Reply

    • Paola Gutierrez
      Mar 12, 2021 @ 18:33:53

      Hi Anthony – I’ve found myself in a similar boat trying to juggle several commitments. I especially liked what you said about doing the behavioral activation practice yourself helps you be more genuine when introducing and implementing this intervention with clients – you can speak to the benefit of this intervention, which likely increases your confidence when working with clients to increase their activity levels.

      Reply

  14. Ashley Foster
    Mar 11, 2021 @ 16:03:16

    The technique I found most beneficial was the identifying unhelpful thinking and behavior (Module 4), my thought record. I found that this thought record was personally helpful in decreasing my distress through distraction. I was able to work through the form it even though I was stuck on the topic of my automatic thought, it gave me the ability to focus on some of my attention to this exercise and rather on the thought. This was helpful as I was not fully immersed in my distress And I had to challenge my thinking and behaviors associated with the thought. I believe that doing this exercise better prepared me as a therapist to understand how helpful this can be for a client. As we all have negative automatic thoughts, this can especially help a client who is experiencing high levels of distress and analyzing what is really going and how to change it. By challenging the clients thinking patterns and in forcing them to complete Socratic techniques as a part of completing this form, it will give the client some insight on how there thinking can be changed, how to cope, or what may be fueling these thoughts in being rational or not. This will also consequently lower the level of distress that the individual is experiencing in that moment.

    Reply

    • Taylor O'Rourke
      Mar 11, 2021 @ 16:54:28

      Hi Ashley,

      I totally agree with what you said about this exercise being helpful by being distracting from the actual thought that was being exhibited. I think one of the best things we can do as humans is distract ourselves from our stressors (I suppose this is why things like behavioral activation work so well!), so this exercise was a great example of that at play. You are right; we all have negative automatic thoughts so now that we all have experience in filling out a worksheet such as the thought record, we have more hands-on experience that we can relay to our clients to make them more comfortable with the process when we ask them to fill one out too.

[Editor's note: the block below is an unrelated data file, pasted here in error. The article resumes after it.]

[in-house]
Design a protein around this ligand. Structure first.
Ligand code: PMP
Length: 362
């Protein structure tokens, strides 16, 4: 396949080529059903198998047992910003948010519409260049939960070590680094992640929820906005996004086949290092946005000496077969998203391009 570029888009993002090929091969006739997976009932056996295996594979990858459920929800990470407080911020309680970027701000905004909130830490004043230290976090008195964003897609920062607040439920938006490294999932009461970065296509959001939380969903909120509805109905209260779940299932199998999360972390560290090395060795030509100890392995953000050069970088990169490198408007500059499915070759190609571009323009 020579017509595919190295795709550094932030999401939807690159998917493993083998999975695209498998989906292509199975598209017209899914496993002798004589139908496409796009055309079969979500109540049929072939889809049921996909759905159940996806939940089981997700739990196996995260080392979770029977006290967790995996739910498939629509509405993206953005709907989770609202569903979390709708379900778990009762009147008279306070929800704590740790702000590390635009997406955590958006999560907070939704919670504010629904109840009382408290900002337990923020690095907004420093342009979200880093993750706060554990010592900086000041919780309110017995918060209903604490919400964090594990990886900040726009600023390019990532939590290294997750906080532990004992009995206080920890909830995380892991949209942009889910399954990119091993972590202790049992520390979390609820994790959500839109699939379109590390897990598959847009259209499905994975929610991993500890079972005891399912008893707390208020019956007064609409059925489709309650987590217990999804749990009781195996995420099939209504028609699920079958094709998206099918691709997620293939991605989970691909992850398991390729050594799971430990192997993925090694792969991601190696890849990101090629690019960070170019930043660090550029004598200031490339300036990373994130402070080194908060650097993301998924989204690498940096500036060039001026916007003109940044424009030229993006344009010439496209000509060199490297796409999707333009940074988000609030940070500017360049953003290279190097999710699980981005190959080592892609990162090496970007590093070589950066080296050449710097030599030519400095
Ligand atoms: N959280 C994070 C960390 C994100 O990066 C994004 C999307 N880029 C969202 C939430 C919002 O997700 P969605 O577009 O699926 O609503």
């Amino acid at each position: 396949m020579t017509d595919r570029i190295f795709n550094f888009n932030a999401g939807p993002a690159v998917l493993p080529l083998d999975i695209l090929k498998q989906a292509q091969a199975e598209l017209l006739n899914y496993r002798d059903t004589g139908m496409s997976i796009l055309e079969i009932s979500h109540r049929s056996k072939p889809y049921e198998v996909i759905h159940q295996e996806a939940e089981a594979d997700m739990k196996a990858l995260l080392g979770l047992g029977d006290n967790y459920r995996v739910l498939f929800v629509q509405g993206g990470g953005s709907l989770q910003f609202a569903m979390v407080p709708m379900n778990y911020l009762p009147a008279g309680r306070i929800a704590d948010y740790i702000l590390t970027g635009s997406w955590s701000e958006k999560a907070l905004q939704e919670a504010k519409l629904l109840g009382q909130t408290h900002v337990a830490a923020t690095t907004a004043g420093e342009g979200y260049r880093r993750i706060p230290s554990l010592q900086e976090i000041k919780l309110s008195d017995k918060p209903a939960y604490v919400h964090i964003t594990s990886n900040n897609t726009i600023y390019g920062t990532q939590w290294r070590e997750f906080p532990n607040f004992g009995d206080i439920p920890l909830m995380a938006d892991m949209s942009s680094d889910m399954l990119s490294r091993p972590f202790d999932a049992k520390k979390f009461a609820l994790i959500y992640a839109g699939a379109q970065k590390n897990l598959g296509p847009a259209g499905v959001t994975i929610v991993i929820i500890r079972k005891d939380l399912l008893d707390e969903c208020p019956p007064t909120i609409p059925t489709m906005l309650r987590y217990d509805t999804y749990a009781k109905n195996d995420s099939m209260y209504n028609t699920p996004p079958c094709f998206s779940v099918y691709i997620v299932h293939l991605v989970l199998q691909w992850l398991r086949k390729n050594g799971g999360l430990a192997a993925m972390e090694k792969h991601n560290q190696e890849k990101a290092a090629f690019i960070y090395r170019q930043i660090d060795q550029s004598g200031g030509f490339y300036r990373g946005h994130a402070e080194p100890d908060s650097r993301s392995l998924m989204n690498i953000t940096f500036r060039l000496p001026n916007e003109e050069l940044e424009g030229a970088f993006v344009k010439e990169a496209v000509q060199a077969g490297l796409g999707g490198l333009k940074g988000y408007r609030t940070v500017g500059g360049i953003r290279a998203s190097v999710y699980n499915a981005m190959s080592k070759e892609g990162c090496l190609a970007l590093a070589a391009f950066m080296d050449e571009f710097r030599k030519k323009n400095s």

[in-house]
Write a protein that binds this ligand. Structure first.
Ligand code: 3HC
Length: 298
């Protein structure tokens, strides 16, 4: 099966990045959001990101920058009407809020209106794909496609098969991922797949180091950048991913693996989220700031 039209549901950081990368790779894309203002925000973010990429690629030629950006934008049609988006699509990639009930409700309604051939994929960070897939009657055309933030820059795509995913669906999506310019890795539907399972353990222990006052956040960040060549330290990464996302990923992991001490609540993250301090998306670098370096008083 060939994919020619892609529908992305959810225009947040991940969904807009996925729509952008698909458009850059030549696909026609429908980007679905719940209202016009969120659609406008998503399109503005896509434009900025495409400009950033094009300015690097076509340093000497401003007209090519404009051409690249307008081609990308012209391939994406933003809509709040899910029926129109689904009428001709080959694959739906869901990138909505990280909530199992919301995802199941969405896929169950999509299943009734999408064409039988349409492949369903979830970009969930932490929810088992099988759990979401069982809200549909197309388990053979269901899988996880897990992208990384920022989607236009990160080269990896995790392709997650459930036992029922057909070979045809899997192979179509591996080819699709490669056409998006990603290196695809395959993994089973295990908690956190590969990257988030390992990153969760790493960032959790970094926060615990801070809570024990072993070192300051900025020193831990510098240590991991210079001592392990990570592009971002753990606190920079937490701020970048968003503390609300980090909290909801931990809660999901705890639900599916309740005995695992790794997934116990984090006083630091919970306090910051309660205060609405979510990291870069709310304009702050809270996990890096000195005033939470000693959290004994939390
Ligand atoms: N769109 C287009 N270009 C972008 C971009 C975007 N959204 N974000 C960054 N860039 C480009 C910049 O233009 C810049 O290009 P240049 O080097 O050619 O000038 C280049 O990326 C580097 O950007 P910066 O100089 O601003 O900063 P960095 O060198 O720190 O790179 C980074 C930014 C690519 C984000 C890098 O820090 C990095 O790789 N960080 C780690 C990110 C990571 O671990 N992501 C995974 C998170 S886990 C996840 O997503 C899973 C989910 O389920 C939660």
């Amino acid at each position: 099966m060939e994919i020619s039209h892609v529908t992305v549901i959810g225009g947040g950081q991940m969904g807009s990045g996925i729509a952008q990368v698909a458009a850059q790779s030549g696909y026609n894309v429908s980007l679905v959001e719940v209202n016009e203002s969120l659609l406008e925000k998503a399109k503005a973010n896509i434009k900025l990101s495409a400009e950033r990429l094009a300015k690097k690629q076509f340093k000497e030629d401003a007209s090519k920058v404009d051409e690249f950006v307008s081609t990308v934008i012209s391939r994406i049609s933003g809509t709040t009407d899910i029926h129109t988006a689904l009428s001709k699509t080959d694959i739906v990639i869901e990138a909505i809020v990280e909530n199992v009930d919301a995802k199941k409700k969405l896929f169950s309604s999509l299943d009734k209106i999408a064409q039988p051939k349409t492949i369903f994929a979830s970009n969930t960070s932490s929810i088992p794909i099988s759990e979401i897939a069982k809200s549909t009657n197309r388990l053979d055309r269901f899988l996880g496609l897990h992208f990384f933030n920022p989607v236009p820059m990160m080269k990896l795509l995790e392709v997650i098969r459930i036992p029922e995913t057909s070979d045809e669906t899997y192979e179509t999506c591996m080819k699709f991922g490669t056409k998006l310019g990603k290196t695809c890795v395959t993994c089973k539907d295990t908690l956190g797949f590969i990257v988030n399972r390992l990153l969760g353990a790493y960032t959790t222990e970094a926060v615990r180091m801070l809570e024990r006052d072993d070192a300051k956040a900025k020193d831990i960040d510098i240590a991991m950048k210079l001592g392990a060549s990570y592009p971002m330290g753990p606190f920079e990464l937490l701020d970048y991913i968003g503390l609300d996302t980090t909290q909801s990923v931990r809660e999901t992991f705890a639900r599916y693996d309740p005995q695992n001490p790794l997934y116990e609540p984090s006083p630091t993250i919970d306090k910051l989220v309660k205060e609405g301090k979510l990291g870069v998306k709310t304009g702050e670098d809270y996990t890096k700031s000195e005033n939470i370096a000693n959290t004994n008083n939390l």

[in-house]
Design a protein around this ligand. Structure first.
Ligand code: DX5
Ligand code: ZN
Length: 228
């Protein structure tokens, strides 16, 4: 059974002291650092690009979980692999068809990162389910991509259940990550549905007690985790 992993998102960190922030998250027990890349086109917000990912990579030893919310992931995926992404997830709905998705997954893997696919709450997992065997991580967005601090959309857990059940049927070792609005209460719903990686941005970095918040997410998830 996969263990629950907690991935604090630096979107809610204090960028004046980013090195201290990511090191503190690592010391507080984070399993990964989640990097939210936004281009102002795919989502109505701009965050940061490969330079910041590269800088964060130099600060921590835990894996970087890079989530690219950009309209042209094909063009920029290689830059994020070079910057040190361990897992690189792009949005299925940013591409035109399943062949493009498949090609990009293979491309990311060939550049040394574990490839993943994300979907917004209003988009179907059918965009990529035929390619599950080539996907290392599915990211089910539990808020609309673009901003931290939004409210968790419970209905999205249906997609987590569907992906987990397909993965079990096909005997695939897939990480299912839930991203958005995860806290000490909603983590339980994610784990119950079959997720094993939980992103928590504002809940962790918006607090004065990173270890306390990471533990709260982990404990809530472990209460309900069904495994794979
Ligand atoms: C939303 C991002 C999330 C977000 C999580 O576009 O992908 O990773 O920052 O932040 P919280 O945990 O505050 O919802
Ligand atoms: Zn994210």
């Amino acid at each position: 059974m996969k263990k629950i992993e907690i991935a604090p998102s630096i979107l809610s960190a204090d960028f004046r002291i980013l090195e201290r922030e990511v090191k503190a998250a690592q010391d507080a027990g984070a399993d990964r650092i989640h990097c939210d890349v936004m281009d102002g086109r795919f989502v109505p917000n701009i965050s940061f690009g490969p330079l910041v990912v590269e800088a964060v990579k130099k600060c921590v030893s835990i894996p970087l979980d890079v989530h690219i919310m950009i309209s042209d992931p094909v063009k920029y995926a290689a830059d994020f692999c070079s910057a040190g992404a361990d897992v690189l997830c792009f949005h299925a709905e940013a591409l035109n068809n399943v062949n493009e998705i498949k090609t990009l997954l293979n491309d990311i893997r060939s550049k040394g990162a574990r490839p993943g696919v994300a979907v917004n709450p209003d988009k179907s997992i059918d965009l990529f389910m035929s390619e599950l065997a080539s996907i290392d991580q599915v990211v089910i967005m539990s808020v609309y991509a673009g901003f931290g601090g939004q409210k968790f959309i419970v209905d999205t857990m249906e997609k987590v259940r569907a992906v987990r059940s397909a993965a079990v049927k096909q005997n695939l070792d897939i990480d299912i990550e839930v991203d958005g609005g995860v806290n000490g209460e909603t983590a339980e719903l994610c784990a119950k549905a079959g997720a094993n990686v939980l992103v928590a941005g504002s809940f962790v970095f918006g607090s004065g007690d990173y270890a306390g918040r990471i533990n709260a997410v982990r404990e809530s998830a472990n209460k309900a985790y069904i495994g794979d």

Reply

  15. Taylor O'Rourke
    Mar 11, 2021 @ 16:49:13

    The technique that provided me the most insight about myself as a therapist is Module 4: Identifying Unhelpful Thinking and Behavior. I have definitely experienced my fair share of negative automatic thoughts surrounding my competency as a mental health counselor thus far and my overall level of confidence working in the field, especially as a master’s-level intern. By working through the negative automatic thought record, I was able to identify which situations with my clients are most likely going to trigger my negative automatic thoughts of not feeling good enough at certain therapeutic interventions. The thought record also allowed me to reflect on the emotions that I feel during these types of situations, which can range from disappointment to frustration. The downward arrow technique that is built into the last box of the thought record was helpful to me because I was able to realize that even if my worst case scenario were true, there was nothing so bad about that that I would not be able to come back from. It is not like my work as an intern and lack of experience compared to other therapists would leave me jobless after graduation, for example. This exercise helped with reassurance on my own skills and work as a counselor thus far and also helped me identify some of my avoidance and maintenance behaviors.

    Reply

  16. Mariah Fraser
    Mar 11, 2021 @ 17:28:52

    I found module 4 to be very helpful. I found that I personalize and mind read in a lot of situations both at internship and in my personal life. I find that there are tendencies to personalize when clients return to the agency; even though I know I’m not that influential to actually have any part in whether someone relapses or not because I see them for such a brief period of time, but I do feel badly about myself because I’ll wonder if there was more I could have done the last time around. I also find that I mind-read during team meetings and supervision as well. I draw conclusions and use selective attention to focus on evidence that supports my insecurities instead of absorbing all of the available information. I know that I’m a big one for using safety behaviors too, such as over-preparing for sessions or groups as a way to feel less anxious even though it actually makes me ore anxious.

    Reply

    • Paul Avolese
      Mar 11, 2021 @ 18:18:33

      Hi Mariah,